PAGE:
Could this be the Year for a Medical Marijuana Breakthrough in Virginia?

by | Jan 24, 2018 | VIRGINIA POLITICS

While much of the media attention surrounding marijuana reform in Virginia has been focused on decriminalization this past year, it is another facet of the movement that appears most poised for a major legislative advance this session of the General Assembly:

Medical marijuana.

“The biggest hope for gains is on the healthcare front,” said Jenn Michelle Pedini, executive director of Virginia NORML. “Senator Dunnavant and Delegate Cline’s Joint Commission on Health Care bills would expand Virginia’s medical cannabis program so that all patients will have access.”

Senate Bill 726 is a “doctor’s decide” bill, meaning that physicians in the Commonwealth will be able to recommend the use of cannabidiol oil or THC-A oil to treat or alleviate the symptoms of any diagnosed condition or disease determined by the practitioner to benefit from such use.

“This would expand patient access to extraction-based cannabis medicines that will meet the need of Virginia’s most critically ill patients — as well as those suffering from everyday conditions like arthritis,” said Pedini.

This bill is more likely to be successful than efforts in the past because it was originated through the committee process, and has been shepherded by a Republican doctor, Senator Siobhan Dunnavant.

“States that have medical cannabis laws see a 25 percent reduction in opiate overdose deaths,” Sen. Dunnavant wrote in a blog she posted about the bill on her website. “We are all aware of the opiate crisis we are combating at the state and national level. Evidence shows that the anti-inflammatory properties of THC a oil help reduce chronic pain.”

Last year, Gov. McAuliffe signed into law legislation to allow the licensing of five pharmaceutical processors — one per health service area in the state — which will produce medical cannabis oils.

“These facilities will look more like a CVS than a Colorado dispensary,” said Pedini.

SB 726’s companion bill in the House, HB 1251, unanimously passed through subcommittee today, clearing what might have been its most substantial hurdle on its path to being law.

And there is increasing evidence that marijuana is actually a “step down” drug that could prove a major force in combating the Commonwealth’s opioid epidemic. Medical cannabis legalization leads to a substantial drop in opioid-related hospital visits, reported the Department of Family Medicine and Public Health at the University of California San Diego.

Advocates for marijuana decriminalization were let down when Senate Majority leader Tommy Norment — who previously had voiced support for decriminalization — instead introduced an expungement bill.

“We’re still examining the ultimate impact of this legislation,” said Pedini. “The way it looks right now, this bill would not make the expungement process affordable for the majority of defendants.”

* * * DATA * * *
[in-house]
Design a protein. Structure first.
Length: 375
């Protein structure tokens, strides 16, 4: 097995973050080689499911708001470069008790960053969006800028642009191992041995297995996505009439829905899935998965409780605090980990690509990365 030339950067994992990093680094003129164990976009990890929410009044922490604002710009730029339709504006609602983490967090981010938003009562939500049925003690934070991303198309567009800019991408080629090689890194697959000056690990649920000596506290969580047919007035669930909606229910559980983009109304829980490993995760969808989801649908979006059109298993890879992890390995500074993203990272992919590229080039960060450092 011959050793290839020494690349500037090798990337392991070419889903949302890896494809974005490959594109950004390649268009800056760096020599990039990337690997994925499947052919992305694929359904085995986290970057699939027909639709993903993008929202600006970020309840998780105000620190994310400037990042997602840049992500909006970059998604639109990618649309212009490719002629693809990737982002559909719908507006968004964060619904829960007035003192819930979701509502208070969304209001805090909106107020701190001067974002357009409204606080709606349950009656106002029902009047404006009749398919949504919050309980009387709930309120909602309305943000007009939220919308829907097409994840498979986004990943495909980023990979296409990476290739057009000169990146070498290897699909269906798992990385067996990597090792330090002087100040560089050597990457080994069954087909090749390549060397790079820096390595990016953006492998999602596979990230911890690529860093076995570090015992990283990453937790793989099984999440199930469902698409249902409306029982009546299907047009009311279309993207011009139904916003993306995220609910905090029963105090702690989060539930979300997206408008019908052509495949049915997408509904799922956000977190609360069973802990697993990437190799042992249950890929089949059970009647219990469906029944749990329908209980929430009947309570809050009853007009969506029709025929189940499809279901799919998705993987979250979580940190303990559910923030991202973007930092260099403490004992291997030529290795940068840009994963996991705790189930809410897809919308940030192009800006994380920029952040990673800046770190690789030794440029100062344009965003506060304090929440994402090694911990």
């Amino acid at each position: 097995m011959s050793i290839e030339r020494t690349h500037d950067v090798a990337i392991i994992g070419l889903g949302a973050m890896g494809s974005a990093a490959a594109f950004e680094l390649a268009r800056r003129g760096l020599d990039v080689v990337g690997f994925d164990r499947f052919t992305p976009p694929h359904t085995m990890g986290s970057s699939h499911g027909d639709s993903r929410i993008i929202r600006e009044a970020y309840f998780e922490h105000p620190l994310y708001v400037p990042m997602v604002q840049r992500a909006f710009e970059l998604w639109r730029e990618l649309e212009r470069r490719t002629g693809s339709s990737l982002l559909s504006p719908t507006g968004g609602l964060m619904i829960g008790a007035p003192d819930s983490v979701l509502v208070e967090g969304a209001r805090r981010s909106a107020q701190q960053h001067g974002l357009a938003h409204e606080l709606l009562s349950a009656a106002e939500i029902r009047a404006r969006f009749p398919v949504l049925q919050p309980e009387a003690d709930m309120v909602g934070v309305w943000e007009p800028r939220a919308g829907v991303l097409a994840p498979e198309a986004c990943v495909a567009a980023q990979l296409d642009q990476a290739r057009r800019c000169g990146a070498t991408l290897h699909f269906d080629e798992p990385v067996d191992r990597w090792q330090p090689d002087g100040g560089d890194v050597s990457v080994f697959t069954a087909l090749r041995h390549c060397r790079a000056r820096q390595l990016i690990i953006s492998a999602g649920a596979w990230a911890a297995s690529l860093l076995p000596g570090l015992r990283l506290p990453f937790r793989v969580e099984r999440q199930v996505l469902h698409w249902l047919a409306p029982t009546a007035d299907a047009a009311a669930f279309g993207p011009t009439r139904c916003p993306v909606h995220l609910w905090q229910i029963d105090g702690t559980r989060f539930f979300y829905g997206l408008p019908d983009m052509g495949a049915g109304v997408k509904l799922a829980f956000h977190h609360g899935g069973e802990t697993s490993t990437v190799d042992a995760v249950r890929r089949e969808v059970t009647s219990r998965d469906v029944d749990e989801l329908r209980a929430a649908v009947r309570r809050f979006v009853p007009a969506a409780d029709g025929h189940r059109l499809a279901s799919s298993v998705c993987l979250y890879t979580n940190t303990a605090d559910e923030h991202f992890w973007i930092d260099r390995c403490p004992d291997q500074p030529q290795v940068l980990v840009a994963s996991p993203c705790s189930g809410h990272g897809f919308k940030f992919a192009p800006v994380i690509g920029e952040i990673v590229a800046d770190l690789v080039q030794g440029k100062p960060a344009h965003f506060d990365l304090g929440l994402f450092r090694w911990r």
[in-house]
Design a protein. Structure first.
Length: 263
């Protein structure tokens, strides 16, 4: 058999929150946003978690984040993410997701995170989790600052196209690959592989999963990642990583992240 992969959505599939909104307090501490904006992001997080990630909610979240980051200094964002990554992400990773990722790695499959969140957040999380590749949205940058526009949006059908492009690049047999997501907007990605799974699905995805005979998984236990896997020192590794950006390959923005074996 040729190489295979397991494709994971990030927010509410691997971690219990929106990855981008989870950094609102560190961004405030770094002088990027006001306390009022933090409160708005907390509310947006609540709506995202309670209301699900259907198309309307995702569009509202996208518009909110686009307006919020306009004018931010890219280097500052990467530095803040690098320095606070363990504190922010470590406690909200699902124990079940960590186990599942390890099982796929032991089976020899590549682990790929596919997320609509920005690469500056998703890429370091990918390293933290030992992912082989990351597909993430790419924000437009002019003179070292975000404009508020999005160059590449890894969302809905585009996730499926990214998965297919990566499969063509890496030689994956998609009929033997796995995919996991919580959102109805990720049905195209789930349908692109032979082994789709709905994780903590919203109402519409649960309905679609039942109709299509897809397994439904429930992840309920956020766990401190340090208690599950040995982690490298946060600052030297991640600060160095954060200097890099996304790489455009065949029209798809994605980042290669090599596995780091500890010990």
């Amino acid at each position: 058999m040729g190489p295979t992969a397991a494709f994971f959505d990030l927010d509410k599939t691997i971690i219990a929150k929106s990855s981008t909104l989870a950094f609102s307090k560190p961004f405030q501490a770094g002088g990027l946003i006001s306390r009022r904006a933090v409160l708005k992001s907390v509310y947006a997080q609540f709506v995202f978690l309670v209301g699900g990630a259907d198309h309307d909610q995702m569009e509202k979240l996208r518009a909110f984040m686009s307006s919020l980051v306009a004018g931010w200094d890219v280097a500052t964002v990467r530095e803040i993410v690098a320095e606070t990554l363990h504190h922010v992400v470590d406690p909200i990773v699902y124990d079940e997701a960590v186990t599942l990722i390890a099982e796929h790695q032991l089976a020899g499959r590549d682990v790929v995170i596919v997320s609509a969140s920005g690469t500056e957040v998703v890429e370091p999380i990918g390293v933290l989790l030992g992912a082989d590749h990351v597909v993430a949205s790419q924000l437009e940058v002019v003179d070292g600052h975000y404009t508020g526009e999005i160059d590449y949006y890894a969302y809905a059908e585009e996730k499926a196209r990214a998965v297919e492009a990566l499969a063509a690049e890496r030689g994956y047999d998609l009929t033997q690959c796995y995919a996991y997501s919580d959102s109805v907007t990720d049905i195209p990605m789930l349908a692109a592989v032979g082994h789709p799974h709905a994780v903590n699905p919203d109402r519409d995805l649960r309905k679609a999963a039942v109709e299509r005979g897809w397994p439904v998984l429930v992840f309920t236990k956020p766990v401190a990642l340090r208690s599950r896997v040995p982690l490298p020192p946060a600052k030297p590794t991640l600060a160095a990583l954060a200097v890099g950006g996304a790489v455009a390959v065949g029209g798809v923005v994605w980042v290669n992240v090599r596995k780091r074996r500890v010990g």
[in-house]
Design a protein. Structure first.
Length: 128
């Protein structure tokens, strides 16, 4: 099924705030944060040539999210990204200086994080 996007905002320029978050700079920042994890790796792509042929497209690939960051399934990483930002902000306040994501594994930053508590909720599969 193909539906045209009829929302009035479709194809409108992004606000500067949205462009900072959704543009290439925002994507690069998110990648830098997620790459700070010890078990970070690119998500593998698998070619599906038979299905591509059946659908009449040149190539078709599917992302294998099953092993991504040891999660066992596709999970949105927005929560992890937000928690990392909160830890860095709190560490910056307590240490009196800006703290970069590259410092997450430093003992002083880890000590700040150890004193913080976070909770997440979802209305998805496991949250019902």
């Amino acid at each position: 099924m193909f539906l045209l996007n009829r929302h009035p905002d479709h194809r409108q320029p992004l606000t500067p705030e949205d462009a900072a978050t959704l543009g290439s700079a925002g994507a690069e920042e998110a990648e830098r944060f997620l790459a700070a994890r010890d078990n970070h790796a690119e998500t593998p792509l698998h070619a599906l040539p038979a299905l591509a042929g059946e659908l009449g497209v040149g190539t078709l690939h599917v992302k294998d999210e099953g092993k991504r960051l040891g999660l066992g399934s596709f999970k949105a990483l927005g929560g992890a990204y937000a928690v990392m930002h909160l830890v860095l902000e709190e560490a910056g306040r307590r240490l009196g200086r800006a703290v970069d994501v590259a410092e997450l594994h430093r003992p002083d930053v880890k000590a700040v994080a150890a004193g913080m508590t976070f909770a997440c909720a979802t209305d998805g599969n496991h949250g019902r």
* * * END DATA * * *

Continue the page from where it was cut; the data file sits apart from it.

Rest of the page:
The public sentiment on the issue is clear: the Commonwealth wants marijuana reform. Recently the Virginia Crime Commission solicited citizen feedback on the issue. Staff received over 5,665 written comments, of which 3,743 supported decriminalization and 107 did not.

The racial disparity in marijuana-related arrests in Virginia is alarming. “Males, young adults, and Blacks are over-represented in the total number of arrests for possession as compared to their overall general population in Virginia,” cited the nonpartisan Crime Commission report. While whites and blacks use marijuana at similar rates, in Virginia blacks are charged at a rate of over 3-to-1. In some parts of Virginia, that ratio is 11-to-1.

All marijuana-related bills pass through the Courts of Justice Committees. From there they would head to the House and Senate for votes, and then to the desk of newly inaugurated Gov. Ralph Northam, who has previously stated his support for doctor-recommended medical cannabis.

“Marijuana decriminalization is a racial justice issue,” Dr. Northam has stated.

During the 2018 General Assembly session — which runs from January 10 to March 10 — legislators will vote on thousands of bills. They rely on feedback from constituents to determine their votes.

“If people want to support this, use the Virginia NORML email action alert, and pick up the phone and call your elected officials,” said Pedini.

Cover Photo by Harvard Health 

Virginia Politics Sponsored by F.W. Sullivans

Jesse Scaccia

Jesse Scaccia

Jesse Scaccia is the editor of He is a founder of Decriminalize Norfolk, and a communications consultant associated with NORML.

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